Why isn't everyone hacked every day?
Posted in: Legal, Privacy & Security at 15/11/2011 19:09
Trouble befalls only a fraction of all who ply the Internet. Why is that? Michael Kassner explores the answer with a security researcher.
From my bully pulpit, I have boldly proclaimed: Like a chain, IT security is no stronger than its weakest link.
I may have to amend that decree.
Why? I just read, "Where Do All the Attacks Go?", a paper written by friend and Microsoft Principal Researcher, Cormac Herley, along with Dinei Florencio, also a Microsoft Researcher. The paper's introduction offers this hint:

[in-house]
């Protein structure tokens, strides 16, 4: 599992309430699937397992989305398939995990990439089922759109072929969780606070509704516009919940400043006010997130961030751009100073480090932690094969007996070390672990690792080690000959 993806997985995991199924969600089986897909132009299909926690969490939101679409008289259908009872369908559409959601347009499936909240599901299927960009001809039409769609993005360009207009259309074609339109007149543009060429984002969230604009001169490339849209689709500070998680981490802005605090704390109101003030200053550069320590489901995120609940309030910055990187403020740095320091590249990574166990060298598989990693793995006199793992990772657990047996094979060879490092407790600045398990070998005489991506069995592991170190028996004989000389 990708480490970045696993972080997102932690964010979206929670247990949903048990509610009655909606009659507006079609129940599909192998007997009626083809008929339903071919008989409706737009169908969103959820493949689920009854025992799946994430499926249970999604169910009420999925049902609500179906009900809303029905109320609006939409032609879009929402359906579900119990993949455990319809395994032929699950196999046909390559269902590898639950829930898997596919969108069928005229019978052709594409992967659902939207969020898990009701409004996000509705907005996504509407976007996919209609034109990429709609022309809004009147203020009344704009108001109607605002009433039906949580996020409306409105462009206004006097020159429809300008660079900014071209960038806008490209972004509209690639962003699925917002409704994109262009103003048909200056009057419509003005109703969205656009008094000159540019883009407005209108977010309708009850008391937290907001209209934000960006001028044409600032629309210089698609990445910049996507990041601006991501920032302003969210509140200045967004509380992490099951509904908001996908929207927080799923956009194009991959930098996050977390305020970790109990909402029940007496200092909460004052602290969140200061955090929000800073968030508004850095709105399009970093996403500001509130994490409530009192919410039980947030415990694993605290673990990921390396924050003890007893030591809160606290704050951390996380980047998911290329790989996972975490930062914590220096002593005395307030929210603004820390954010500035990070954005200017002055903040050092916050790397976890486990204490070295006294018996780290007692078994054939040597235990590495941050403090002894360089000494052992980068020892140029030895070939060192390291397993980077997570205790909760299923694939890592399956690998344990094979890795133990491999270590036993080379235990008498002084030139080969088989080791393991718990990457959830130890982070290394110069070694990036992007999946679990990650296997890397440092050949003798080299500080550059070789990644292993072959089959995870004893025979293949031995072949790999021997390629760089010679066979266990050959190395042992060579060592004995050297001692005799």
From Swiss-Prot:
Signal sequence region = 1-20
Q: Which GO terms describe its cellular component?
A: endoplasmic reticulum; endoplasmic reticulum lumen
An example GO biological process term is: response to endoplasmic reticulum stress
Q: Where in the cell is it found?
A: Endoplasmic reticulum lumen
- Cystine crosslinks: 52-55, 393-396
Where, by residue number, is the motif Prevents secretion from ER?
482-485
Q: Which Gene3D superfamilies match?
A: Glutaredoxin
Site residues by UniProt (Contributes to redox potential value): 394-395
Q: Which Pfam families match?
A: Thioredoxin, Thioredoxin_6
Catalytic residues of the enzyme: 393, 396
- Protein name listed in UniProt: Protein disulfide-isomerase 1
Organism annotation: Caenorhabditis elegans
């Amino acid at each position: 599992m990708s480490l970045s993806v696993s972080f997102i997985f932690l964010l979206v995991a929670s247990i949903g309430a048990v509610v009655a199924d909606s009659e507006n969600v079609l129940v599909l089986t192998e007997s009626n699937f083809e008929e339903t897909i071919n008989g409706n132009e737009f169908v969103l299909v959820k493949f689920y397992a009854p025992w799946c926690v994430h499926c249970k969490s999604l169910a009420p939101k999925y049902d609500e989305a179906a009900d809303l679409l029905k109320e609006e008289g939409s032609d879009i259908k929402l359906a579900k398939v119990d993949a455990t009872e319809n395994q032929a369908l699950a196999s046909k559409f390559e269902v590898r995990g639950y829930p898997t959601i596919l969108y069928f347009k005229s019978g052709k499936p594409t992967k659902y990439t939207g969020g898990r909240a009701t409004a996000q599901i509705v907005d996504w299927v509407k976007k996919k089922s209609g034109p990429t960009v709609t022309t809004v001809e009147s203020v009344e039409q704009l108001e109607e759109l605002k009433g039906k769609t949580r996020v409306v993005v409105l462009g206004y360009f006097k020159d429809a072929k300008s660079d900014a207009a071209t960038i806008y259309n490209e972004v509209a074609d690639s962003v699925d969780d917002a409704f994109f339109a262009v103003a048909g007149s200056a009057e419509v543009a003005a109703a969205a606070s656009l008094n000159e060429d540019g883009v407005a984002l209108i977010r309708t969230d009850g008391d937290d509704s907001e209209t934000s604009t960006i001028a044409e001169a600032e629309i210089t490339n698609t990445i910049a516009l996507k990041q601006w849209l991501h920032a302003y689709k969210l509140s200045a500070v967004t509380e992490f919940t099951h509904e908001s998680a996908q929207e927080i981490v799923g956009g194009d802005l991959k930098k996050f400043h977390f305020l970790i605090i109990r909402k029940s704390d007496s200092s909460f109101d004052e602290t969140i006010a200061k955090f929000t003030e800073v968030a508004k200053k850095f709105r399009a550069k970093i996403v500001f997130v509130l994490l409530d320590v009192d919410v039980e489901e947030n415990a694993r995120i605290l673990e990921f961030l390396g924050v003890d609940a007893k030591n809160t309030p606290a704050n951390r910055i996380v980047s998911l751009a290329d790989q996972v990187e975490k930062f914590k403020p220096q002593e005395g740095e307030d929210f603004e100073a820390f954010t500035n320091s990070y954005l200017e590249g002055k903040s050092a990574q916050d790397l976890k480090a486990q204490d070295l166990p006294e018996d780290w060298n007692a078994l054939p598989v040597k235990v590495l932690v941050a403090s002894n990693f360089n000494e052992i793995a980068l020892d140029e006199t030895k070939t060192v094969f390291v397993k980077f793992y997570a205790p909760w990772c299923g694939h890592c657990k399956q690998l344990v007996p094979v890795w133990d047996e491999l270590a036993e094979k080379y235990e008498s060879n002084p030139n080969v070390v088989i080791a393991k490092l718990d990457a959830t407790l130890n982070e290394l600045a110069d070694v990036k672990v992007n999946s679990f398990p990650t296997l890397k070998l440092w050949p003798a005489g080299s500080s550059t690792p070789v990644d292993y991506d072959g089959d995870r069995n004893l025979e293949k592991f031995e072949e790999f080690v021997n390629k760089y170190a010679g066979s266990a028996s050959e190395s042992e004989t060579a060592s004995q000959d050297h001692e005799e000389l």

"Internet security has a puzzling fact at its core. If security is only as strong as the weakest link; then all who choose weak passwords, reuse credentials across accounts, fail to heed security warnings or neglect patches and updates, should be hacked -- regularly and repeatedly.Clearly this fails to happen."
Alrighty then. It's obvious: I have some catching up to do. Here's what Cormac had to say.